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PostPosted: Thu Apr 05, 2007 8:51 pm 
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Here's what my Leonard M. Owen had to say about Western Exchange Fire and Marine Insurance Co. in his book Territorial Banking in Nebraska:

The Western Exchange Fire and Marine Insurance Co. received its charter from the Legislature on March 16, 1855. This was during the first session of the Legislature and this was the only “bank” to receive a charter at this session. The charter was a permit to receive deposits and issue certificates therefor, so their notes were certificates of deposits.

The incorporators were: R.W. Latham, William Kempton, James S. Izard, J. McNeale Latham, W. E. Moore, Thomas R. Benton Jr., and associates. Leroy Tuttle was the cashier of this bank and A. U. Wyman was the teller. The signatures on the signed notes of this Omaha issue are Tuttle, secretary, and Benton, president. This bank went bust on September 23, 1857. The bank was owned by Greene, Weare, and Benton of Cedar Rapids, Iowa, who had other banks in Iowa.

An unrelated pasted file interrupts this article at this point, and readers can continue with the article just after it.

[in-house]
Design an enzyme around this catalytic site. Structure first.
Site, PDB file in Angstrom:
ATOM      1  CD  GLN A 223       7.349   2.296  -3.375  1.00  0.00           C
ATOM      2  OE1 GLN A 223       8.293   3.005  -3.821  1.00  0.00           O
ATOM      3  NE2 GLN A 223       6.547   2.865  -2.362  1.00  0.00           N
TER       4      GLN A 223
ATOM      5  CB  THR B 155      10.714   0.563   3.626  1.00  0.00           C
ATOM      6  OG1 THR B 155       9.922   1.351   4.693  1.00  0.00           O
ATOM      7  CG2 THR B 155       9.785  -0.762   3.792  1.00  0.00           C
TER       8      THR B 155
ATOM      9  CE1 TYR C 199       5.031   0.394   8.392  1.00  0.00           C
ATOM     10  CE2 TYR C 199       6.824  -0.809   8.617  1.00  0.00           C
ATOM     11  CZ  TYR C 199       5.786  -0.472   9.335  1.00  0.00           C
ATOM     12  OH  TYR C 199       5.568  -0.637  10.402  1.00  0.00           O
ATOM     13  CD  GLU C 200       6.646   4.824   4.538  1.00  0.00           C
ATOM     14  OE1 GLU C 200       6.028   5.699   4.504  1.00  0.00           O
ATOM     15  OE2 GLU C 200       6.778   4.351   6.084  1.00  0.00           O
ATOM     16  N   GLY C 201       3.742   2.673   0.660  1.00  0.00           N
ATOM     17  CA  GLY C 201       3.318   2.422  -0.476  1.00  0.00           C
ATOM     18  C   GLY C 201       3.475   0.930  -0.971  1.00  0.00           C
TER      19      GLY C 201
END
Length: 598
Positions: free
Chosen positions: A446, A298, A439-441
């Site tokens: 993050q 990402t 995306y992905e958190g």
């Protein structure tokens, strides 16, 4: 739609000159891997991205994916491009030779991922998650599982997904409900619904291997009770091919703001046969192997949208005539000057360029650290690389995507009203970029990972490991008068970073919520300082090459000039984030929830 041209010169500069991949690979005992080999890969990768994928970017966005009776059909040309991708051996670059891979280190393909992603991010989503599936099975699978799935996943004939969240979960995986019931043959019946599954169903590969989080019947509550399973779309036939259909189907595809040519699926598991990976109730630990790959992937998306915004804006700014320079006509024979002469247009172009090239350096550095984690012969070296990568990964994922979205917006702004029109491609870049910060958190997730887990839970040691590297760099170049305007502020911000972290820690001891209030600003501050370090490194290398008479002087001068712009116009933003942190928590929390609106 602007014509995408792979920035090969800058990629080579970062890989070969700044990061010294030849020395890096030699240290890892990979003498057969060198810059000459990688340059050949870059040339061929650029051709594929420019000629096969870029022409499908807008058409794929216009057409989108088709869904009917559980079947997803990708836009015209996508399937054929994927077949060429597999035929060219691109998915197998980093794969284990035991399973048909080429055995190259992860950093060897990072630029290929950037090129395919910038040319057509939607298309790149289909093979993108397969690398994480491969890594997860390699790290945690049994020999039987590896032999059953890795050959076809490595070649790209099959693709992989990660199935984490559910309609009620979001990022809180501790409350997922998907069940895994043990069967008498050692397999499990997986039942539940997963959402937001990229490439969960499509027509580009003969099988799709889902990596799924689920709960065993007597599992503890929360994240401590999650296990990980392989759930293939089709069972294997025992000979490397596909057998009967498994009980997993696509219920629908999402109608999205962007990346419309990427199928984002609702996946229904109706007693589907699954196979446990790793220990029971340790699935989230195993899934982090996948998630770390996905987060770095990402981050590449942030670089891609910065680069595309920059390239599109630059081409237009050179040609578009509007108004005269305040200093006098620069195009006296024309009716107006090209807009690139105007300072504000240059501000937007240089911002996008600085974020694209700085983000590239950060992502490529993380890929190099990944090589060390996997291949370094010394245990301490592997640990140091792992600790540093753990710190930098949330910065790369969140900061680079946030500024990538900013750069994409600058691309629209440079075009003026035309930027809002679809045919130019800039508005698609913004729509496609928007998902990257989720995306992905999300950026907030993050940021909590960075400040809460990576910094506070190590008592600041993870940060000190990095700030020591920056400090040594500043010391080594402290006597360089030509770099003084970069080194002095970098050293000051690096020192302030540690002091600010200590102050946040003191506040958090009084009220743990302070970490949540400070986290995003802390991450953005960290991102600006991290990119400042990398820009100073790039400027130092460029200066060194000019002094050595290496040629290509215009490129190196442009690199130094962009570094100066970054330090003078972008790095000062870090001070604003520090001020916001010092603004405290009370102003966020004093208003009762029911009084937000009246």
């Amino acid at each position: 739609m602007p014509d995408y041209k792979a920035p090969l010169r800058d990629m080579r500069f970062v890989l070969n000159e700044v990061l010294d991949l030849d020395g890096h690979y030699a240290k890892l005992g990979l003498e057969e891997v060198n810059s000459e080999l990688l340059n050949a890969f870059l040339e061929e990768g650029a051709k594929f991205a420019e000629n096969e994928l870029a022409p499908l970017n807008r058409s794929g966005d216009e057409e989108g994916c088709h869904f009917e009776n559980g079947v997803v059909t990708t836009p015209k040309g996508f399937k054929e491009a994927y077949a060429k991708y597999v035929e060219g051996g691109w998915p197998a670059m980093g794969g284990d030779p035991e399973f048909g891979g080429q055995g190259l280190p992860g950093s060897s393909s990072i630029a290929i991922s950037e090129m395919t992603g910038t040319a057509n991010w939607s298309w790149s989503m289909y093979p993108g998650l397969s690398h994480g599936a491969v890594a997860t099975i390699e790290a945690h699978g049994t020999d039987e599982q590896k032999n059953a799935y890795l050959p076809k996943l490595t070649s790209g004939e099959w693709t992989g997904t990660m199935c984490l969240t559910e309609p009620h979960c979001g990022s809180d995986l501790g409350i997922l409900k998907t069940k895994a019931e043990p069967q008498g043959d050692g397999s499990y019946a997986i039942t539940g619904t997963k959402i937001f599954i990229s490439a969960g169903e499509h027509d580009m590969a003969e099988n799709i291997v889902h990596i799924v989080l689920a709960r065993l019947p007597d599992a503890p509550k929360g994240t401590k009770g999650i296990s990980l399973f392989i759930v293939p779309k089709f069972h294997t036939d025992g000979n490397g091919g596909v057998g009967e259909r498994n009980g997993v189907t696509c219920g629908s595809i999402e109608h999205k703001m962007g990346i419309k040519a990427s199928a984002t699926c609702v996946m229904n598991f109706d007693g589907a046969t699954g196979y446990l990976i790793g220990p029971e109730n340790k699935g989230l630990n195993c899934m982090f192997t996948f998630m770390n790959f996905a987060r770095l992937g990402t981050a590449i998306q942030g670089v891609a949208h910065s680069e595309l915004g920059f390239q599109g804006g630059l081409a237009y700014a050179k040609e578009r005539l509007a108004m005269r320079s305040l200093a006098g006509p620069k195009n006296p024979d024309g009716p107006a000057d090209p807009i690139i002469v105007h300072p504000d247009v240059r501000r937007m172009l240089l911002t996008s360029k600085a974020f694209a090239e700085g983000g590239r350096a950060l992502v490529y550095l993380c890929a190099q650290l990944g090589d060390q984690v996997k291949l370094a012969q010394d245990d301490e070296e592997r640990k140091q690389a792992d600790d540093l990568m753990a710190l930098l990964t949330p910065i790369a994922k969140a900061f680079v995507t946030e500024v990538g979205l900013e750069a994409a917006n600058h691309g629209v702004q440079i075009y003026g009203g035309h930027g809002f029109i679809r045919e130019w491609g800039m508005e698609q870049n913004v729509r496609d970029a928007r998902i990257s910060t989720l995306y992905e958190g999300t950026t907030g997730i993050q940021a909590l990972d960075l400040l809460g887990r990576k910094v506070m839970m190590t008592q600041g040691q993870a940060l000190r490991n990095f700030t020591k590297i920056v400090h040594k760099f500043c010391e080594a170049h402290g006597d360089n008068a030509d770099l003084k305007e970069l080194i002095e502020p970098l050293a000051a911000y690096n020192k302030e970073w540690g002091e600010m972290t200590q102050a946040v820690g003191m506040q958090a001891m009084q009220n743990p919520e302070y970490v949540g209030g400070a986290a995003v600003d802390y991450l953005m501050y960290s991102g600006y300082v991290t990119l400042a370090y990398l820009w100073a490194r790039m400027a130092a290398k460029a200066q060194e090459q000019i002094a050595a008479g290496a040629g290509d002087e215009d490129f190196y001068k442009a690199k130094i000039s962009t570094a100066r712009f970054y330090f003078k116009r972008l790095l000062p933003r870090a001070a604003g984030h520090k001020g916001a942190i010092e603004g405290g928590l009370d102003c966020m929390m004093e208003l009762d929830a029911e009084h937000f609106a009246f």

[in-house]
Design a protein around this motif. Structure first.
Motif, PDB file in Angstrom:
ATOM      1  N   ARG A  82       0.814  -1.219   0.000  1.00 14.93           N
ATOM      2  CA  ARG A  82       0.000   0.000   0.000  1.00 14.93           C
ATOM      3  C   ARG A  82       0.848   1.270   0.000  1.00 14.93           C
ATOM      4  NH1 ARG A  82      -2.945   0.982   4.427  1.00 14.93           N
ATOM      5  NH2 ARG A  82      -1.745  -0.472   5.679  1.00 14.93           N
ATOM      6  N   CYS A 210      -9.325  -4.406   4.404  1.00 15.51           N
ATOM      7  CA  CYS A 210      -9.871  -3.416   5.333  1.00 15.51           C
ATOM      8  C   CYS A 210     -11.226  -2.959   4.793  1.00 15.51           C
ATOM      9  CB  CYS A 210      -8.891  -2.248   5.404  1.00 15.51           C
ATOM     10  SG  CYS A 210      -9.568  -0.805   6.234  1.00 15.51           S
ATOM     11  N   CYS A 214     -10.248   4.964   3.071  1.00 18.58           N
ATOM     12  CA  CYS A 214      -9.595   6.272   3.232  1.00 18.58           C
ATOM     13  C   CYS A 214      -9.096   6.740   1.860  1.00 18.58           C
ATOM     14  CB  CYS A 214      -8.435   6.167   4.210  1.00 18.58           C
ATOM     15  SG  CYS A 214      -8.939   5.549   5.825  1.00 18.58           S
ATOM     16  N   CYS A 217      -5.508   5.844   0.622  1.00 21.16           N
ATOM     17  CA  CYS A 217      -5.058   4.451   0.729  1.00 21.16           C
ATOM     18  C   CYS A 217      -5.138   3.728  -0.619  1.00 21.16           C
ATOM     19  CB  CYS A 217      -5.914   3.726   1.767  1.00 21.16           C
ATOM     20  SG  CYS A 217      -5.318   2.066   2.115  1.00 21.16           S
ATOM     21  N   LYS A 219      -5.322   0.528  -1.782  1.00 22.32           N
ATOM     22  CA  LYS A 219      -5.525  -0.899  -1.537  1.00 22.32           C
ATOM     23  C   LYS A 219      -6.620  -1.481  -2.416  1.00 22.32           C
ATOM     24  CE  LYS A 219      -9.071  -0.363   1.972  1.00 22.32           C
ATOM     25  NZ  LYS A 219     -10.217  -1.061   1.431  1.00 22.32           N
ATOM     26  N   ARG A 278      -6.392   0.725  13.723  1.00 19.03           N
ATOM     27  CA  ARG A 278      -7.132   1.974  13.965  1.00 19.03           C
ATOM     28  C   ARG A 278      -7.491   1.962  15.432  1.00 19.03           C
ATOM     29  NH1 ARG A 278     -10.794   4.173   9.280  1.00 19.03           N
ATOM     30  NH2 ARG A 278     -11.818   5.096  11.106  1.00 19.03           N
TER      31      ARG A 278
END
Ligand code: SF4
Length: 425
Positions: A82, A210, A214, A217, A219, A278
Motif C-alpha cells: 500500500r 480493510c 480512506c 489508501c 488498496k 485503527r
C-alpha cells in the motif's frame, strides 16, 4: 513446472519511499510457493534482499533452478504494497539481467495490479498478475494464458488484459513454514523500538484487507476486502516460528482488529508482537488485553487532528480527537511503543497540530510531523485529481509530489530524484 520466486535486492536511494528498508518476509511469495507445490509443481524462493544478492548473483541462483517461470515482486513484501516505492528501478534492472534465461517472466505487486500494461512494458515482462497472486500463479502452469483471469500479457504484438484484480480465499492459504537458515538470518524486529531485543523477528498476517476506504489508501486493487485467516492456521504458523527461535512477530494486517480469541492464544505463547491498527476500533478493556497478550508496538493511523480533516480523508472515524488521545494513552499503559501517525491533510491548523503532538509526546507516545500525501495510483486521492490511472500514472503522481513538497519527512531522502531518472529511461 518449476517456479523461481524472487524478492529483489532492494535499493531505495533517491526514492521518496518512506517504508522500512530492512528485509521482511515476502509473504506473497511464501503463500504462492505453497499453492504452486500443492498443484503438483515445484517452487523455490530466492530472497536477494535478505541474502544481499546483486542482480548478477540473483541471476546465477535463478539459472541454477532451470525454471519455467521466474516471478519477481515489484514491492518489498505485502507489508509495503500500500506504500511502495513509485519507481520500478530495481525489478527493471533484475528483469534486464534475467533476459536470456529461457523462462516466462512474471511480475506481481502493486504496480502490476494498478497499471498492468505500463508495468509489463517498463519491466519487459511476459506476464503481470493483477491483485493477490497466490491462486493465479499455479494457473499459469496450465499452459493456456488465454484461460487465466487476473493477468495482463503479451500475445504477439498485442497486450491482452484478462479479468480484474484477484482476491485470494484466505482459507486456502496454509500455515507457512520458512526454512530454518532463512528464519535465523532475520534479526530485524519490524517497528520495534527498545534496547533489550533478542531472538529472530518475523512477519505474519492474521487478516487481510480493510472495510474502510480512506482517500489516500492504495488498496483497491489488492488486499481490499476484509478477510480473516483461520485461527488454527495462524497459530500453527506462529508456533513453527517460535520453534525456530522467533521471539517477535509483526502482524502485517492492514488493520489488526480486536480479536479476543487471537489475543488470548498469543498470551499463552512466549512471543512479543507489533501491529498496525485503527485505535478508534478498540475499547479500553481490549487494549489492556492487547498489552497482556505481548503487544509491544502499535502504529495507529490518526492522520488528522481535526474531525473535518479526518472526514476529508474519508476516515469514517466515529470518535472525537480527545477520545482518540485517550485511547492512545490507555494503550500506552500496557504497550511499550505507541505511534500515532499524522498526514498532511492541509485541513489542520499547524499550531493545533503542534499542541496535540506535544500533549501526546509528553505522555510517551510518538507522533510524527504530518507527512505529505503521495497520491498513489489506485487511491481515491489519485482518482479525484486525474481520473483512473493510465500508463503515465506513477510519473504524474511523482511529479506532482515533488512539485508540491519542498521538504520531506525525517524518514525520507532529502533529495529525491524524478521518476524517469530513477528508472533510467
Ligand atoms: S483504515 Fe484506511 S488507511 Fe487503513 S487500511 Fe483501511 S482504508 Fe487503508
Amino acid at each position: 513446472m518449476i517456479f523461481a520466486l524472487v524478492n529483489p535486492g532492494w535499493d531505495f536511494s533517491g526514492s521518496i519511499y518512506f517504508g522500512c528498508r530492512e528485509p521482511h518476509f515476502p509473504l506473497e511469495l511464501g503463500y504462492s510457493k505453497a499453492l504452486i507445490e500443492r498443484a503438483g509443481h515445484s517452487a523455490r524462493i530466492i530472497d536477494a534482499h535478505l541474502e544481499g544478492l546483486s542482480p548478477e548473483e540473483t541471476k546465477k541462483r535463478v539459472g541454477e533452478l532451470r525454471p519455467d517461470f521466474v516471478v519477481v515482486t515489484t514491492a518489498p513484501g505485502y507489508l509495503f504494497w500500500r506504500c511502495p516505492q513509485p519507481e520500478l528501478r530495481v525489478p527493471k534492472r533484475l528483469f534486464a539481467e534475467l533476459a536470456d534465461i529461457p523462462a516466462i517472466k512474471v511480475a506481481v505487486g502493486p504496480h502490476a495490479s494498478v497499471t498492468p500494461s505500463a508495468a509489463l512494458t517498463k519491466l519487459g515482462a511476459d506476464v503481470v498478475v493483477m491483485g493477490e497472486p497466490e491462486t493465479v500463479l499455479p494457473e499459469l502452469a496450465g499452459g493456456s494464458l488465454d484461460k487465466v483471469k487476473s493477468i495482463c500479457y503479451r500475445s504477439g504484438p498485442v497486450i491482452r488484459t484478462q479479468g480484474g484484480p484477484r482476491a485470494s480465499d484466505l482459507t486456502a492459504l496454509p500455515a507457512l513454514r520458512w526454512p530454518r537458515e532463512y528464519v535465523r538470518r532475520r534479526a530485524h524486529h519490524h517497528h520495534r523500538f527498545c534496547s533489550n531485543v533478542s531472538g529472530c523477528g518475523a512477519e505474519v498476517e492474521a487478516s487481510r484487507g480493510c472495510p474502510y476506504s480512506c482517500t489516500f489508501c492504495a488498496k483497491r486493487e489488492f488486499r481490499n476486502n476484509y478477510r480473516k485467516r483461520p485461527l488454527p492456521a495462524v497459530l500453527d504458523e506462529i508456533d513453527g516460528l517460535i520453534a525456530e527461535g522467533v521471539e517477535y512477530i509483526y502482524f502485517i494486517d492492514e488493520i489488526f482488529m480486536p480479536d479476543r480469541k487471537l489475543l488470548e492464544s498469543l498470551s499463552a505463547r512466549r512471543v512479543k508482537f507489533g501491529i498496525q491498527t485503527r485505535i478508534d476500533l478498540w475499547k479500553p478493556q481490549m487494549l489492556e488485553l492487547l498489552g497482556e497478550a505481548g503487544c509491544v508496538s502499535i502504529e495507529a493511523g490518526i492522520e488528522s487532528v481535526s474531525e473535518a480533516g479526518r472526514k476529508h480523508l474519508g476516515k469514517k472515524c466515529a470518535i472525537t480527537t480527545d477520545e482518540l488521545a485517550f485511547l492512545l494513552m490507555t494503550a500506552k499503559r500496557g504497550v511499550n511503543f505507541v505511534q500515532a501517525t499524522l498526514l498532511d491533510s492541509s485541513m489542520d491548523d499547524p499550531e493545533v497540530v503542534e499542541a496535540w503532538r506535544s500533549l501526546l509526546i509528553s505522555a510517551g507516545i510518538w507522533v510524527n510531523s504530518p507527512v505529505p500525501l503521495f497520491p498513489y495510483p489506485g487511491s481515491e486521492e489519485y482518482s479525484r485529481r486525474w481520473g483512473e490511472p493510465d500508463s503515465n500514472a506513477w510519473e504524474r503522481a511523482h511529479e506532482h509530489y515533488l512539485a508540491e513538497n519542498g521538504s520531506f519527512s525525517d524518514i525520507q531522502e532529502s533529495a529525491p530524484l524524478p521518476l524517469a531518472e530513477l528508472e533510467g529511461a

More of the notes of this bank were in circulation in Iowa than of any other bank. After the failure of this bank in September 1857, Mr. Olof Johnson of Galva, Illinois, purchased a charter from Mr. Benton for a reported price of $9,500. Mr. Johnson was an officer and a member of the Bishop Hill Colony.

A new issue of notes was ordered with the following added: “deposited by Bishop Hill Colony”, and with a printed date of November 2, 1857. The Bishop Hill issue was an Illinois issue and had nothing to do with the earlier Nebraska issue. Mr. Johnson continued to redeem the earlier issue along with his own issue until the money ran out and the bank went bust again. The Bishop Hill issue of notes were signed by Tuttle and Johnson.

Few of the Bishop Hill issues were put into circulation, and crisp notes as well as uncut sheets of this issue are quite common today. All issues of notes of this bank were printed by Danforth, Wright & Co. The sheets were of the four note variety with the denominations of $1, $2, $3, and $5. $10 and $20 notes of the Omaha issue are known but the sheet lay out is not known for these denominations.

All of the Omaha issue are of the notes of this bank are scarce and the notes of the $10 and $20 denomination are extremely rare.

As we seen from this narration, the Bank of Nebraska and the Western Exchange Fire and Marine Insurance Company were the only two institutions that operated with a charter, although some of the non-chartered institutions redeemed their notes remarkably well.


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